5 Brilliant Activities to Get Kids Thrilled about the Solar Eclipse
We are going to have an epic experience tomorrow! An annular solar eclipse!! The third and final solar eclipse of 2019 will occur over Asia, Africa, and Australia tomorrow (Dec. 26, 2019). A Solar eclipse is a natural phenomenon that occurs when the Moon comes between the Sun and the Earth. Are your kids thrilled about this historic eclipse? Solar eclipses are the perfect time to learn about the sun, the moon, the earth, and the paths they take as they orbit around each other. Here are 5 brilliant activities that combine creativity and science to get your children thrilled about the upcoming solar eclipse.
5 Brilliant Activities to get children thrilled about the Solar Eclipse
Find out the time is the moon going to pass between the earth and the sun
You can use this interactive map by timeanddate.com and click on the name of any town to see when the eclipse will start, when the maximum coverage will occur, and how much of the sun will be covered (obscuration).
Source: Institute of Mathematical Sciences, Chennai
Explain to your children that looking directly at the sun is very dangerous. Only eclipse glasses that have a certification with “ISO 12312-2 international standard” are safe for use, according to NASA. Other options are the number 14 welder’s glass or a pinhole projector that allows a user to project the image of the sun on paper or cardboard. You can stand with the sun behind you and watch the eclipse indirectly using a pinhole viewer that children will enjoy making themselves, using only a cereal box, some foil, and a pin!
Use craft paper to create sun prints to demonstrate how the sun’s powerful UV rays break down dyes and bleach paper.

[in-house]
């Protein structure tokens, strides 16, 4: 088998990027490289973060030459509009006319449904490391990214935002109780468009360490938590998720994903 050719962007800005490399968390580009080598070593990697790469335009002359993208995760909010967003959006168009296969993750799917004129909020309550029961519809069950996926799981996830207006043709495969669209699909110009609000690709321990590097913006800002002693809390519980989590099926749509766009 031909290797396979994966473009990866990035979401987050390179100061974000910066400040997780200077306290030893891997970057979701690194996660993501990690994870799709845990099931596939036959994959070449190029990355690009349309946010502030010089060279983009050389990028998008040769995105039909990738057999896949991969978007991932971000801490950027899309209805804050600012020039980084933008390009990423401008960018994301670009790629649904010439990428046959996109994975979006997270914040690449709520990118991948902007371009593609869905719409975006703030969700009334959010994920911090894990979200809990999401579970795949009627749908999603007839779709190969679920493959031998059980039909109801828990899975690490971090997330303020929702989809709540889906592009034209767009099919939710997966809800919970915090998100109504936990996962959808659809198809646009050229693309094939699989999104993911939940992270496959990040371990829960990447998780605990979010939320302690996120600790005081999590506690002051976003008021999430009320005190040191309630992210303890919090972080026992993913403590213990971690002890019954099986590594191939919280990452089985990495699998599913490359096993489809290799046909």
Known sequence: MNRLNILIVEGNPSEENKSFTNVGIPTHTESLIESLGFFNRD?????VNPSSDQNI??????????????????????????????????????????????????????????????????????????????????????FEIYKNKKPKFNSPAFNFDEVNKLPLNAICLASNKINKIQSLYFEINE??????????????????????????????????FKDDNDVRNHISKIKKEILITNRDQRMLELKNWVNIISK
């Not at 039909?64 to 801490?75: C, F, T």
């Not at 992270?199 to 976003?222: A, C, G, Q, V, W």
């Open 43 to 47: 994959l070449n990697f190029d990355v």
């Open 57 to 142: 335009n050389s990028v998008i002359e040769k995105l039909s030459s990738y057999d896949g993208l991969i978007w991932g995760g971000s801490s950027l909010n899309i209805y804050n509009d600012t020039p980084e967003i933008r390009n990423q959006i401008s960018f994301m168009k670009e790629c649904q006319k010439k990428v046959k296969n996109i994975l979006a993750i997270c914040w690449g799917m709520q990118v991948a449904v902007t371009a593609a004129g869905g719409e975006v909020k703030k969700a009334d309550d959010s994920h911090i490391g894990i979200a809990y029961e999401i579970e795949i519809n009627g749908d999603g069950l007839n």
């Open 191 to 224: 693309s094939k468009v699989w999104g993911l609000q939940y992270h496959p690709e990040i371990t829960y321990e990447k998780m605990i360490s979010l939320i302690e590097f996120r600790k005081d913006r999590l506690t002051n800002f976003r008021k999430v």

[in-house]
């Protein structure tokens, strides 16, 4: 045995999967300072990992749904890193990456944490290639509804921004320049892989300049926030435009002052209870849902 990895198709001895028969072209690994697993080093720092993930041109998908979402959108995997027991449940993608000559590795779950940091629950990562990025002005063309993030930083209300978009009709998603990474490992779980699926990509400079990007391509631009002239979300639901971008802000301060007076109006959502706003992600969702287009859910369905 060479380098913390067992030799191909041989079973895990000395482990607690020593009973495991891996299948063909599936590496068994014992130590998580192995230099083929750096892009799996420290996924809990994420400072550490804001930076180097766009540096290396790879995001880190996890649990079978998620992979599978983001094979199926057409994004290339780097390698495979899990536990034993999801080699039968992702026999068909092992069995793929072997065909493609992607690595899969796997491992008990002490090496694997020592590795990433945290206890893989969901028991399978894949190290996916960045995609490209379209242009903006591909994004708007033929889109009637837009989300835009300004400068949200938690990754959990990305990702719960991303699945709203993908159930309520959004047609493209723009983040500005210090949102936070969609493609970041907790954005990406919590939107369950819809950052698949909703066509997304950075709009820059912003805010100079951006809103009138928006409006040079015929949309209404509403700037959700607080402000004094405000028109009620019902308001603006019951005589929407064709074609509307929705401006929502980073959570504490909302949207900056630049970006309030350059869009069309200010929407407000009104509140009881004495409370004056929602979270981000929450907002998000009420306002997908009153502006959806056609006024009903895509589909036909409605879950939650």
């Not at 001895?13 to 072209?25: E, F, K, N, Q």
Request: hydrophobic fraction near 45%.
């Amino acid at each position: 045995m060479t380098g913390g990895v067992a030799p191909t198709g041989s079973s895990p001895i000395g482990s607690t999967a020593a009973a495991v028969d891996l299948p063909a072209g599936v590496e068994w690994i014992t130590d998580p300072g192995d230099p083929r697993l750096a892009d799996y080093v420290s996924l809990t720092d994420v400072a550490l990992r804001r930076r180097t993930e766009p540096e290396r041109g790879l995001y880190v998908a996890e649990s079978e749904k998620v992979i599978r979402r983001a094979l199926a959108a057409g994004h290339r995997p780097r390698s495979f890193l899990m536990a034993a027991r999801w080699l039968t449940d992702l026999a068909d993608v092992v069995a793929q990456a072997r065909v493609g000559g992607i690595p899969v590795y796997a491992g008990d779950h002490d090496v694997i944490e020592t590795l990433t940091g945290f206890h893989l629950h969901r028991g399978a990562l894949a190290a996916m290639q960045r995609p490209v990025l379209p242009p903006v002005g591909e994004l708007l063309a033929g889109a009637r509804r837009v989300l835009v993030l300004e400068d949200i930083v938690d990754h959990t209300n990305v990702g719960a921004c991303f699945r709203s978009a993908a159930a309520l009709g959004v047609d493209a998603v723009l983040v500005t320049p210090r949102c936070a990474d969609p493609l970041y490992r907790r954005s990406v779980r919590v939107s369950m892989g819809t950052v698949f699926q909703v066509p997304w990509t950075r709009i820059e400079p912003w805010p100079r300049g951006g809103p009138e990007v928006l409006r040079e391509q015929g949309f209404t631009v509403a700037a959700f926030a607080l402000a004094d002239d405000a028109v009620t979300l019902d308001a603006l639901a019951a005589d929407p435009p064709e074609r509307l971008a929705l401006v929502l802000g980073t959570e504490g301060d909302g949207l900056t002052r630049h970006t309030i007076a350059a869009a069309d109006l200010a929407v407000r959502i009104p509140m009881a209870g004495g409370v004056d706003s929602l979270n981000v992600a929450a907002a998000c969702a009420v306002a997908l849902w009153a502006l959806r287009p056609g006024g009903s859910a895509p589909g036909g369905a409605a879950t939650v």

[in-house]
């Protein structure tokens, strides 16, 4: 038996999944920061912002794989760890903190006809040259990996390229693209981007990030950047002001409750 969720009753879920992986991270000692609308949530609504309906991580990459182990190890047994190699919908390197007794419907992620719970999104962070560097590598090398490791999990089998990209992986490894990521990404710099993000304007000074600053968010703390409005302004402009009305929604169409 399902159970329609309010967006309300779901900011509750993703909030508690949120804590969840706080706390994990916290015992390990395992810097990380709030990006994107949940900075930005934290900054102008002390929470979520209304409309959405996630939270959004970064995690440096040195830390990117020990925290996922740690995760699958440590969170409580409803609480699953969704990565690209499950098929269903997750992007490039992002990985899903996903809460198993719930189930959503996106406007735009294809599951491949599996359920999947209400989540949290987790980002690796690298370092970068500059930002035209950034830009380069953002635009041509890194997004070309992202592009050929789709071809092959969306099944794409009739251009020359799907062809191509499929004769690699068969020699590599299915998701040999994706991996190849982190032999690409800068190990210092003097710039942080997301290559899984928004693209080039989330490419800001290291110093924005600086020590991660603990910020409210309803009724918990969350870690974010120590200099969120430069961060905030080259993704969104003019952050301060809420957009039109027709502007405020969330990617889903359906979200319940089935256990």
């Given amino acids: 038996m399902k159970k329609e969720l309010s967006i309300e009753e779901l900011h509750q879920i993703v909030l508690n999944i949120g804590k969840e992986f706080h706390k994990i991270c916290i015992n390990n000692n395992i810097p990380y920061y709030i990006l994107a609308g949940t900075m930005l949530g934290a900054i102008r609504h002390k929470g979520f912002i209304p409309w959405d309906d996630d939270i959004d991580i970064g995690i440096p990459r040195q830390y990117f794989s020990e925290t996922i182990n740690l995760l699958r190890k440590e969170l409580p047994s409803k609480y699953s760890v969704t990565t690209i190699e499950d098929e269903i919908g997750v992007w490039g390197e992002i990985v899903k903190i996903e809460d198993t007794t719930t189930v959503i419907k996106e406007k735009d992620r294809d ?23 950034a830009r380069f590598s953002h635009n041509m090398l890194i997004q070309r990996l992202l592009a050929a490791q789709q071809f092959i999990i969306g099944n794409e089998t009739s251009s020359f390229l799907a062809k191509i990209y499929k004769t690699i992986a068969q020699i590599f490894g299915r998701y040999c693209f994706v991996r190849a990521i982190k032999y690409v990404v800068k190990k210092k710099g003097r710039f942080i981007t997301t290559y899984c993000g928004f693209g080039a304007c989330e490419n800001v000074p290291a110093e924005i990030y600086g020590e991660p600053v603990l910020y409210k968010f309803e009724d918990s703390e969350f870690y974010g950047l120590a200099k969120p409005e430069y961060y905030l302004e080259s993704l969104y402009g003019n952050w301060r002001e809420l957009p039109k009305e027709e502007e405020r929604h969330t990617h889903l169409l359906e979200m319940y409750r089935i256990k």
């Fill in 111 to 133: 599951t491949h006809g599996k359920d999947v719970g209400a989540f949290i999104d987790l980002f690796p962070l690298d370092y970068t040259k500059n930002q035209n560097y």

Make a model of the eclipse with a few balls and a torch in this fun activity even young children can understand. If you have a group of children, you can even get children to act it out! In a group of three, have one child each play the Sun, Moon, and Earth. Then, after asking the Sun and Earth to stay still, direct the Moon to walk between the Sun and Earth. They can all take turns as Earth, relating what they see as the Moon passes between Earth and the Sun. With older children, you can add orbits: have the Moonwalk around Earth as Earth walks around the Sun. Challenge them by asking what will happen if there’s a lunar eclipse instead of a solar eclipse.
How well does your favorite lotion protect against sun rays? Test suntan lotion and find out in this experiment.
Download Eclipse Apps
There are a number of free apps, like the Exploratorium’s free Total Solar Eclipse app that has loads of interesting and useful information. You can also you can watch a live webcast online, courtesy of the Slooh community observatory on YouTube or directly via Slooh.com.
Happy and safe eclipse-watching!
Last modified on Wednesday, 22 January 2020 12:36
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